51.Given the impact of music and videos on young people who are already vulnerable, we believe both public service and commercial broadcasters should formulate and publicise policies on how they intend to tackle this key public concern. Broadcasters who receive videos and tracks from young artists which portray violence or crime should demonstrate that they are engaging in dialogue with young people, and showing them what is and what is not eligible to receive airtime. (Paragraph 284)
  
52.The Department for Culture, Media and Sport should receive support to provide appropriate funding to music projects which involve young people to express their creativity positively. We also recommend that DfES should explore what training and support should be made available to youth workers and teachers to help build resilience in young people to negative messages in popular culture. (Paragraph 285)
  
53.We also recommend that Government should work with local and national broadcasters who reach a large black audience to disseminate messages about how to report and deal with crime. Radio stations, TV channels and websites may provide useful platforms from which to publicise weapons amnesties or to give out anonymous contact numbers for Operation Trident, Crimestoppers or other helplines. (Paragraph 286)
  
54.We believe it is critically important that young people are involved in the formulation of any policy on popular culture and how it can be used to prevent involvement in crime. (Paragraph 287)
  
Youth Offending Teams (YOTs)
  
55.We recommend that the YJB should make greater efforts to ensure YOTs can demonstrate that they have identified and analysed any pattern of over-representation in their area. Where overrepresentation is a significant issue, YOTs should be required to show that the support they provide for young black people is designed to meet the particular needs of these young people and to reduce their risk of reoffending. (Paragraph 292)
  
56.YOTs should be required to identify the support they will require from other agencies and voluntary organisations. They should be required to show that they possess or are developing appropriate partnerships with these organisations. (Paragraph 293)
  
57.Given the multifaceted causes of the problem and the shared responsibilities involved in resolving these, YOT indicators should form part of the wider, overarching performance framework for local government and its partners. Throughout, close collaboration will be needed with the adult Probation Service to ensure a coordinated response at both local and national level. (Paragraph 294)
  
Further data and research
  
58.We understand that the Home Office has just commissioned the development of advice and guidance on the collection and use of a minimum dataset on race statistics, following the publication of the Root and Branch Review of Race and the Criminal Justice in September 2006. We welcome this move, and would emphasise the importance of local criminal justice boards taking a holistic view of the workings of the system in their area. This will require full and accurate monitoring by all agencies, including the CPS and the courts. A full set of recommendations on further data and research is set out in the Annex. (Paragraph 297)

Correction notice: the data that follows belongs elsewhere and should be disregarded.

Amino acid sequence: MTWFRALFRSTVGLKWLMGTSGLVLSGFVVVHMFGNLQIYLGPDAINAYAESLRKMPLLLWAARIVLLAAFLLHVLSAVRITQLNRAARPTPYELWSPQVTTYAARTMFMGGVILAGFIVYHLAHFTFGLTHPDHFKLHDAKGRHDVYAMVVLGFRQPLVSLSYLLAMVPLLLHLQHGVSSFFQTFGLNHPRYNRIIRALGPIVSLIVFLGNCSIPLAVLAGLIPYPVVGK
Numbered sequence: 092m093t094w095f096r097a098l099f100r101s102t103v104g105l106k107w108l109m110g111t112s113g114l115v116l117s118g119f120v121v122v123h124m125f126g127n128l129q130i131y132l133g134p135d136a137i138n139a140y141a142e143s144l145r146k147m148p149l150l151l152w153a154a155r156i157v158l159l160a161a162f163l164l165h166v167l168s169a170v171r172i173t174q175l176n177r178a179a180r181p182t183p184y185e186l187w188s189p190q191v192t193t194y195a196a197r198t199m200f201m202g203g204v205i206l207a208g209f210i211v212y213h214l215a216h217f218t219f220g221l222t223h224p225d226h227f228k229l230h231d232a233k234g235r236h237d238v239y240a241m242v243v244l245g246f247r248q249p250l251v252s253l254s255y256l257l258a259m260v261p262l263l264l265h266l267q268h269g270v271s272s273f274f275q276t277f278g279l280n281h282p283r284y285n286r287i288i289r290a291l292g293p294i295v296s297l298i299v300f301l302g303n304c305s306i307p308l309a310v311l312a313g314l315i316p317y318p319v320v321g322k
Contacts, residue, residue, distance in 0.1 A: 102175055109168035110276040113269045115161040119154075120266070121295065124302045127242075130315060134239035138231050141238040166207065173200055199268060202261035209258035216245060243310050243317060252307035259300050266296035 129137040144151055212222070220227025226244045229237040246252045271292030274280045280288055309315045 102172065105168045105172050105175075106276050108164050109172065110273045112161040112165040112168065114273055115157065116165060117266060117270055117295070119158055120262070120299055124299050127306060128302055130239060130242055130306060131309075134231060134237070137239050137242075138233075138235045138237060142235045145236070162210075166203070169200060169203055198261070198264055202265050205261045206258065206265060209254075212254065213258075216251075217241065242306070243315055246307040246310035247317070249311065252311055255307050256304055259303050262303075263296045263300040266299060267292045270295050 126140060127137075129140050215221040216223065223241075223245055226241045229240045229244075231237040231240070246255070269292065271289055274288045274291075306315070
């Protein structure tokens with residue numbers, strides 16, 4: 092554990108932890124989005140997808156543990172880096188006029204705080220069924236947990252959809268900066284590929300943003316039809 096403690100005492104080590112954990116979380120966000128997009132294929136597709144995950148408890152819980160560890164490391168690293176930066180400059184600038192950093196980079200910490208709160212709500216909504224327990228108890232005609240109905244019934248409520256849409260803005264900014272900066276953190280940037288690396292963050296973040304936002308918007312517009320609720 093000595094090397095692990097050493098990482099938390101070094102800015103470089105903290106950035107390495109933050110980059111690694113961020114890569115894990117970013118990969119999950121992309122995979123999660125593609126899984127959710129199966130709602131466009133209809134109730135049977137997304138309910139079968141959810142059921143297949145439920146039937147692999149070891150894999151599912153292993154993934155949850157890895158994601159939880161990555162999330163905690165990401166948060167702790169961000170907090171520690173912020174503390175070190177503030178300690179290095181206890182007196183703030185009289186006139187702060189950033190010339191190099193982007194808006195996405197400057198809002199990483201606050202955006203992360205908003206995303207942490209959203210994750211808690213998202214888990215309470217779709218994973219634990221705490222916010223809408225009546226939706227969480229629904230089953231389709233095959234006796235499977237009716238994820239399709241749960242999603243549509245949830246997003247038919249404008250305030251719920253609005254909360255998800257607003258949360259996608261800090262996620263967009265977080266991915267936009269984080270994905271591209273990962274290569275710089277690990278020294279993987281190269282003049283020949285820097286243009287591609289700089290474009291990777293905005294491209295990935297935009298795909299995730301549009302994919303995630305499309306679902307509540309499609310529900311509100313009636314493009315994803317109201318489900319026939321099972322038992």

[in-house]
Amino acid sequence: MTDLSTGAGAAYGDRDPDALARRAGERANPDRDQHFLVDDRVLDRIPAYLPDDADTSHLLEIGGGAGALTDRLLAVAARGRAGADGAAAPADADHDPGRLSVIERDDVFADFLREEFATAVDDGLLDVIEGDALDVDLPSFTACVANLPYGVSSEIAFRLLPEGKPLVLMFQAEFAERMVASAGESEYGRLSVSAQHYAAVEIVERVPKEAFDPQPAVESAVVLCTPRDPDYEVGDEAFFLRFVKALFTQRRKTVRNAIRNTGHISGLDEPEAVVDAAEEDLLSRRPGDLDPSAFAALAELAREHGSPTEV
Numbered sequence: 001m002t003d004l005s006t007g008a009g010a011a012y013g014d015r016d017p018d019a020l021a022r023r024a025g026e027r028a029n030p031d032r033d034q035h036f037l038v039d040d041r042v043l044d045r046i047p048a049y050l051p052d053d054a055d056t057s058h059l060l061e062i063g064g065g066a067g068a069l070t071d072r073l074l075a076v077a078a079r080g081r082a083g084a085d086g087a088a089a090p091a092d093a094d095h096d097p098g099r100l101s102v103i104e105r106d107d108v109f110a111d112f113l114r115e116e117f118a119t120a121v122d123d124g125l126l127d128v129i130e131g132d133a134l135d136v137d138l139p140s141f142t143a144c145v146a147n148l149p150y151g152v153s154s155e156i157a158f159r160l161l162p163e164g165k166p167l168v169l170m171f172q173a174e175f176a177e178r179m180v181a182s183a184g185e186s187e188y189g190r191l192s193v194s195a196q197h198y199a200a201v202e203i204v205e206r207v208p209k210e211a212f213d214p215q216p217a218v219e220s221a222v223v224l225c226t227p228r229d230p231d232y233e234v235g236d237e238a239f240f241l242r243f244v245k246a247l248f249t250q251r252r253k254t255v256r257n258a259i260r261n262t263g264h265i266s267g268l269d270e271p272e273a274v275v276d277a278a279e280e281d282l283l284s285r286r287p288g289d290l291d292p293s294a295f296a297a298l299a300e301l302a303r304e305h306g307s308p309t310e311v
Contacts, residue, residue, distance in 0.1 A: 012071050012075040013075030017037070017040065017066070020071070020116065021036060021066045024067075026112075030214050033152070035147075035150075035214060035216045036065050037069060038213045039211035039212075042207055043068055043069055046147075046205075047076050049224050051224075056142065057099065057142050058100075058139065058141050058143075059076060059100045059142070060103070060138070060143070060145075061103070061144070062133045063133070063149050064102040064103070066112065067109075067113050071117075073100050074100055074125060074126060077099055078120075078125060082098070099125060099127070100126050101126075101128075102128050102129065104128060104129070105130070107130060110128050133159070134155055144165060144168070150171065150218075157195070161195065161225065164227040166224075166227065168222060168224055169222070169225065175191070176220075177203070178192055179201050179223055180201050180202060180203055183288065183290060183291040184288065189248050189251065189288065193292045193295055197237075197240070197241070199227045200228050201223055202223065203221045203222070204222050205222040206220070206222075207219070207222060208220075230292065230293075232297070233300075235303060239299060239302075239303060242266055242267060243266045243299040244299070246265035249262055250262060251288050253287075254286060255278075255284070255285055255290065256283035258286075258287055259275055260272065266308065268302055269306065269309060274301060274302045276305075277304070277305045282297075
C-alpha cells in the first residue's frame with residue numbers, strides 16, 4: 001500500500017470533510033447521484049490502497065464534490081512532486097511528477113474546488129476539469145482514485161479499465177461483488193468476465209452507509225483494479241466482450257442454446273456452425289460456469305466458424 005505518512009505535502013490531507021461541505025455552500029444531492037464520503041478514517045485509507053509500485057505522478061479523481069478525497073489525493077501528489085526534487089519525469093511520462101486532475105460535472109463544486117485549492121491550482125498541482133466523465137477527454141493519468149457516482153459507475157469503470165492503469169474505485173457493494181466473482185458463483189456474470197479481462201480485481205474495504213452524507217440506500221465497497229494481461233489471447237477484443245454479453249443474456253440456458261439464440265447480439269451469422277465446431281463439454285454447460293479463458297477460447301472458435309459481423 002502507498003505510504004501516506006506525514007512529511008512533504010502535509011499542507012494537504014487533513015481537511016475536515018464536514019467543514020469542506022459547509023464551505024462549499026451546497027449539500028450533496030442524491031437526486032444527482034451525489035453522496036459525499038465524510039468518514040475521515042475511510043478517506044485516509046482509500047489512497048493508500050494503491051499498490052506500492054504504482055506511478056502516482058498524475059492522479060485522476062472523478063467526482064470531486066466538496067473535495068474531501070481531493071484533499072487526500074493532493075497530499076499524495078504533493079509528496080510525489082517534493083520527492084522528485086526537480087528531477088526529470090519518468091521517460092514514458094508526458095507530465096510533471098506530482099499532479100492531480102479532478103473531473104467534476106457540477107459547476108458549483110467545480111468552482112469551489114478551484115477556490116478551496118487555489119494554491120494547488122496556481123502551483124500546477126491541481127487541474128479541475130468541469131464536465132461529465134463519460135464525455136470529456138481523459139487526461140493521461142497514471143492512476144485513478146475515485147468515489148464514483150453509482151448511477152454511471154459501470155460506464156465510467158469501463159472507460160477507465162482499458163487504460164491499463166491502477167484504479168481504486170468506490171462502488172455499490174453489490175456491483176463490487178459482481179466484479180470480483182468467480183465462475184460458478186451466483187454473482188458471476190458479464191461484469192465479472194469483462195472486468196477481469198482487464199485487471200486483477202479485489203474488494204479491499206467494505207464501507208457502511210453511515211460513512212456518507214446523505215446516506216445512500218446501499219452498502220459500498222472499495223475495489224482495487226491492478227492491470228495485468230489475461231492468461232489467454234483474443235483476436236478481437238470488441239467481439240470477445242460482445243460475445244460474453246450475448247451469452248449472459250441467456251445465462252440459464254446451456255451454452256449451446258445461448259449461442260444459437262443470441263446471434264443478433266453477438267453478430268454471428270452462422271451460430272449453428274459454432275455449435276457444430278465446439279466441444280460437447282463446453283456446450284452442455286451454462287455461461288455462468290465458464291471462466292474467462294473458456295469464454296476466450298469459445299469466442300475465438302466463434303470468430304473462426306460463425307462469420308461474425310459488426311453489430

59.The Government should undertake monitoring of CPS charging decisions to verify that any undue bias to charging decisions in cases where the suspect is black has been eliminated. (Paragraph 298)
  
Stop and search powers and policing
  
60.We are encouraged that the Home Office has introduced schemes such as the Practice Oriented Package, which tries to understand the causes of disproportionality, and the Stop and Search Action Team, which seeks to improve the fairness and effectiveness of the use of these powers. (Paragraph 301)
  
61.We recommend that existing measures to understand and combat disproportionality should be reviewed. We recommend that strategies for the use of stop and search should explicitly recognise the balance that needs to be struck between use of the power to prevent or detect crime and the negative impact its use has on public cooperation with, and support for, the police. Such a strategy would focus on halting the increase and then reducing the proportion of stops and searches which detect no crime or criminal intent and whose impact is damaging. (Paragraph 301)
  
62.Clearly, the negative impact of stop and search on innocent young people can be greatly reduced if proper attention is given to the way in which the encounter is conducted. The evidence we received suggested police efforts to improve the quality of the encounter have yet to be felt on the ground. Changes need to be made to the nature of the encounter in order to ensure it is respectful, courteous and well explained. (Paragraph 302)
  
63.Our witnesses made clear that in some cases, the benefits of stop and search might be outweighed by the negative consequences in terms of the willingness of young people to communicate with and trust the police. Stop and search is not a notably productive means of tackling crime, particularly if done on an uninformed basis. Alternatives to stop and search that might help the police engage better with young people should be considered. (Paragraph 303)
  
64.We recommend that all forces should provide as standard training on relating to local ethnic minority communities, both for probationers and on an ongoing basis as the ethnic composition of an area changes. Fairness and objectivity should be key performance measures against which individual officers should be assessed when it comes to appraisal, and the police should prioritise these attributes when recruiting. (Paragraph 304)